Temporary coatings


Temporary protective coatings for semi-finished products and alloys sensitive to wear and humidity.

Temporary coating are products used to cover an artifact to protect it from atmospheric or mechanical agents. Unlike real coating, temporary coatings are designed to be removed from the need, for example before painting. These protectives can be used between a manufacturing process and another, in order to not damage themselves during transport or in order to prolong storage without having oxidation problems. The application of these coatings is simple and can take place by diving, vaporization and spraying.

For functionality we can say that they have the same purpose as traditional oily applications (able to preserve the pieces for a long time), with the advantage of being able to be removed more easily.

Regarding the environmental impact, the first category to mention is the temporary water-based coating, removable by simple jet of slightly alkaline hot water or alcoholic solutions. This is possible thanks to particular acrylic resins (which can also be combined with others to guarantee different performances) soluble in water which, once dried, can solve again in water solution. These products are used by immersion or applied manually by brush (for small artifacts), after which they are made dripping until complete drying. The aid of ventilated or hot air can serve to accelerate the process.

Typical formulations contain, in addition to the resins specified above, also thixotropic additives to increase the viscosity and de-airing to reduce the formation of foam that could otherwise create application problems. Many companies also add dyes to differentiate the artifacts or to distinguish them better from the raw ones.

Other types of temporary coatings for metals are:

Polyurethane-based coatings. Resistant to water, abrasion and corrosion, they are made up of:

  • Liquid polyurethane (can be derived from synthetic or natural sources).
  • Organic solvents, to aid in application and improve its viscosity;
  • Additives to improve abrasion resistance, such as silicon or zirconium metal oxides;
  • Additives to improve corrosion resistance, antioxidants and UV stabilizers;
  • Additives to improve elasticity, such as plasticizers that make the coating less susceptible to chipping or cracking;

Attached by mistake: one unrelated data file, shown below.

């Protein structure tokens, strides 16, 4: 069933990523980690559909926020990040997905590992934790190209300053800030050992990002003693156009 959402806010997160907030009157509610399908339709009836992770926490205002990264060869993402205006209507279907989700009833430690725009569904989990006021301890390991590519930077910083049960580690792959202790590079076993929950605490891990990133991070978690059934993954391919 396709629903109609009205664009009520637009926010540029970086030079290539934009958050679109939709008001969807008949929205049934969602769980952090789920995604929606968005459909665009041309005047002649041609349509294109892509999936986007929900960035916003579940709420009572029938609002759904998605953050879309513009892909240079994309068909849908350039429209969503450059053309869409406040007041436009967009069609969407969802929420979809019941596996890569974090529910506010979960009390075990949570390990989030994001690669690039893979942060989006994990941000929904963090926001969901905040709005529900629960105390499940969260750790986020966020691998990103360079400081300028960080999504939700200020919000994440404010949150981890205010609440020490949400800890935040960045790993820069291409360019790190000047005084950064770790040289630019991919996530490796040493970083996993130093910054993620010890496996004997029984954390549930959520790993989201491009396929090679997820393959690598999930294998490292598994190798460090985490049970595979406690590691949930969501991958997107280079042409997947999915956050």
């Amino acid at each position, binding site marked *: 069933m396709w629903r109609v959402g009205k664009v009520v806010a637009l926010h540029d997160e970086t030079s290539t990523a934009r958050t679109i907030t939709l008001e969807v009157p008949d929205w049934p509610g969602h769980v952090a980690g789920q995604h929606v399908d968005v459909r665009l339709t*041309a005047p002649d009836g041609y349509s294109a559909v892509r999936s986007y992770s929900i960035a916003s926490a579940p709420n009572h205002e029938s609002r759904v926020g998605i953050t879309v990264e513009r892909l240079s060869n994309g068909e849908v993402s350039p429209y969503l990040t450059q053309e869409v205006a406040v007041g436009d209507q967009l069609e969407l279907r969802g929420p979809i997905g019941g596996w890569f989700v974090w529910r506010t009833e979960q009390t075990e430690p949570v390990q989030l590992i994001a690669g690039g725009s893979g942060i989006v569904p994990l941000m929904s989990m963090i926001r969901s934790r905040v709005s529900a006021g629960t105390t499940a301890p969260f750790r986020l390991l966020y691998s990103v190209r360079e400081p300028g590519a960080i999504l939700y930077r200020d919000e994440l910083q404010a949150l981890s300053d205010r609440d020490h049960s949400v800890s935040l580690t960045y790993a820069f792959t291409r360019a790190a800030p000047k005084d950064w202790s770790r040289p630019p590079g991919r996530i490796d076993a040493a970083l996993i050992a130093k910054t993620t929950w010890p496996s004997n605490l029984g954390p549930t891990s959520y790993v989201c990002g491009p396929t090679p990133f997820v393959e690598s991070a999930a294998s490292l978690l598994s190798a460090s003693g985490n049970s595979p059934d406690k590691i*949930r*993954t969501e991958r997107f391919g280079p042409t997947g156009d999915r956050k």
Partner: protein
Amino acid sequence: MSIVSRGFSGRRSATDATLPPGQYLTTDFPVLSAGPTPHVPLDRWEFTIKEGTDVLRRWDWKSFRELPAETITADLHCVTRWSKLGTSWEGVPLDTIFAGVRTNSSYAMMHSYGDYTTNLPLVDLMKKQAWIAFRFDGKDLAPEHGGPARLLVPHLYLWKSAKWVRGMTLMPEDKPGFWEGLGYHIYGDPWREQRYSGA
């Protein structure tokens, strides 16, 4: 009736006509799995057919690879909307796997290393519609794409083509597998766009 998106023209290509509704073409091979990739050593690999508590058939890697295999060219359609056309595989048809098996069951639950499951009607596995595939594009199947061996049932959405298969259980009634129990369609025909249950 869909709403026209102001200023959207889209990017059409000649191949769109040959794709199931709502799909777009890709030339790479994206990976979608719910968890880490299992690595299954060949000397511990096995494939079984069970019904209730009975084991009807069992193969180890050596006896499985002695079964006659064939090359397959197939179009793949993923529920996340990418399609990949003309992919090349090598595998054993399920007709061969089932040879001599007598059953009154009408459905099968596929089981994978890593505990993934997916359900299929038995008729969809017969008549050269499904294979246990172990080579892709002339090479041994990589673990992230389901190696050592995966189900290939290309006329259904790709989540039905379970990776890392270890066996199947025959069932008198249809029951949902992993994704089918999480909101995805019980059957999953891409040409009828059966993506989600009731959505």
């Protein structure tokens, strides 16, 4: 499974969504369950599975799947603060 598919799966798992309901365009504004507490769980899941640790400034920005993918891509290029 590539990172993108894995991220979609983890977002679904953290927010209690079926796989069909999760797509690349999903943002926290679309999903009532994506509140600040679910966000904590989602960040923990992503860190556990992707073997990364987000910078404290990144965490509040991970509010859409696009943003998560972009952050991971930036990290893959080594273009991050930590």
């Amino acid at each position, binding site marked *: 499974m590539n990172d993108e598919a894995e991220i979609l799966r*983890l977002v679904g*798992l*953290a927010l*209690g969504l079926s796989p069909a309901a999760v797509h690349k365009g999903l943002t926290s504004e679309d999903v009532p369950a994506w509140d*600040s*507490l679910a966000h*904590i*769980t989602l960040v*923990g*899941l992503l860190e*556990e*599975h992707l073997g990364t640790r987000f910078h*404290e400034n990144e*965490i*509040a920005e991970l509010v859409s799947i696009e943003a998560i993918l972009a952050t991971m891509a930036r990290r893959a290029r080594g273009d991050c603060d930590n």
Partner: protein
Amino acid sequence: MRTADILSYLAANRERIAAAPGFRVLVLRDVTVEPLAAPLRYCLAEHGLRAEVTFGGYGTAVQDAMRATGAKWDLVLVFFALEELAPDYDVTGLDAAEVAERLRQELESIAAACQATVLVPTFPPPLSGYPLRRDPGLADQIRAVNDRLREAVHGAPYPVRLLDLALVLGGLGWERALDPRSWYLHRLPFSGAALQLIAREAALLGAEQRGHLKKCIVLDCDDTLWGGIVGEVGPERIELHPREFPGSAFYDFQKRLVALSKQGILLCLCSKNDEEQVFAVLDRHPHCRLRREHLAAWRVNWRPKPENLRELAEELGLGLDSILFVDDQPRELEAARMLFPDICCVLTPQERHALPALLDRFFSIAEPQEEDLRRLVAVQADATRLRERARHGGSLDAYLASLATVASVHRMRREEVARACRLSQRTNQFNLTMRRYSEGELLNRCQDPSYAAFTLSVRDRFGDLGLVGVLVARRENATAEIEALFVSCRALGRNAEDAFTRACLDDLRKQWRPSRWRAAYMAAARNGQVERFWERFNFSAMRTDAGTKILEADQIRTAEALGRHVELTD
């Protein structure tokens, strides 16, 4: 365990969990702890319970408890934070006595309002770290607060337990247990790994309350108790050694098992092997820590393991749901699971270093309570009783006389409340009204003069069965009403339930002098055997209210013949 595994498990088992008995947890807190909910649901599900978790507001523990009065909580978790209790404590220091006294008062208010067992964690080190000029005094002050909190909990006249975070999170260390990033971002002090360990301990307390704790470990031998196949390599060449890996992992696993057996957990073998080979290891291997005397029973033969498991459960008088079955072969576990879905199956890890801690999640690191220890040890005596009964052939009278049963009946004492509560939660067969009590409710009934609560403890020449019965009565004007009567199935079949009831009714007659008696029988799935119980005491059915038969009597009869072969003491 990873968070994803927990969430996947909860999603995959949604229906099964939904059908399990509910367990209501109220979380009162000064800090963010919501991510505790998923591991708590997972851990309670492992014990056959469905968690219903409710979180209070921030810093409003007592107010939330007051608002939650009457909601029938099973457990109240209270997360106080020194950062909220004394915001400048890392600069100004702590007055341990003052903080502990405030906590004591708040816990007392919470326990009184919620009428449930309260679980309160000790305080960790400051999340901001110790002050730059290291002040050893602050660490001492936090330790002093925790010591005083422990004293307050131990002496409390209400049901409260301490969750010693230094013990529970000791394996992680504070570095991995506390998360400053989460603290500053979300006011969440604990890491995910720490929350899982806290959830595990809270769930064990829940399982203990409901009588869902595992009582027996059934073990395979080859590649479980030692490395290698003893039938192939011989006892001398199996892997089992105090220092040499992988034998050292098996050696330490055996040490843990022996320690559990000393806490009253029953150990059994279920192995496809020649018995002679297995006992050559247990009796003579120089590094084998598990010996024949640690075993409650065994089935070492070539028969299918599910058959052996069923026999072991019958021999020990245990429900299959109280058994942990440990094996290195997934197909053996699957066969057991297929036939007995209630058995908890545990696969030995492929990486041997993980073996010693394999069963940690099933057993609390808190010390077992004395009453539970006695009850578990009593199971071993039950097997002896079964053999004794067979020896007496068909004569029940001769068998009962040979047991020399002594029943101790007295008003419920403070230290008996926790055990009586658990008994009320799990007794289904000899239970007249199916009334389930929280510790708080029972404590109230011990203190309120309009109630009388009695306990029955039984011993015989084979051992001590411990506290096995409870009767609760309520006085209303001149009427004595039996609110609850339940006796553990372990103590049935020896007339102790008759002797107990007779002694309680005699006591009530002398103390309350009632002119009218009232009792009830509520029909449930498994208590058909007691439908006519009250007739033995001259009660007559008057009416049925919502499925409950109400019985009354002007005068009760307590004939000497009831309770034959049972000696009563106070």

• Catalysts, to accelerate the polymerization of the polyurethane.

In general, polyurethane-based temporary coatings should be designed to be easily removed without causing damage to the underlying metal surface. Solvents can be used for removal (based on the type of polymer cross-linking) or by mechanical action or peel-off.

Silicone-based coatings. Resistant to high temperatures, water and abrasion, they are made up of:

  • Liquid silicone or powder;
  • Organic solvents (for example, xylene, toluene) or water emulsions;
  • Additives to improve resistance to corrosion and wear (for example, zinc or cobalt salts);
  • Additives to improve the adhesion and hardness of the coating (for example, aluminum or sodium silicate);
  • Additives to improve resistance to chemical action (for example, polysiloxanes or acrylic polymers);
  • Additives to improve resistance to high temperatures.

Removing a silicone coating can be complex, which is why it is not used much as a temporary coating.

The peelable coatings

They can be made with polymers such as polyethylene, polypropylene or PVC, which are applied to the metal surface and subsequently removed as needed by mechanical detachment (peel-off).

A basic formulation of a polyethylene coating is as follows:

  • Polyethylene granules (dissolved in an organic solvent): 80%
  • Organic solvent (for example, xylene): 15%
  • Antistatic additive: 2%
  • Anti-aging additive (for example, antioxidant): 2%
  • Additive to improve adhesion (e.g. calcium silicate): 1%

A basic formulation of a polypropylene coating is as follows:

  • Thermoplastic polypropylene granules: 70%
  • Organic solvent: 15%
  • Additive to improve abrasion resistance: 5%
  • Additive to improve corrosion resistance: 2%
  • Additive to improve elasticity: 3%
  • Catalyst: 5%

A basic formulation of a PVC coating is as follows:

  • PVC granules: 70%
  • Organic solvent (for example, dichloromethane): 20%
  • Plasticizer additive (for example, di-butyl phthalate): 5%
  • Anti-aging additive (for example, antioxidant): 2%
  • Additive to improve adhesion (e.g. calcium silicate): 3%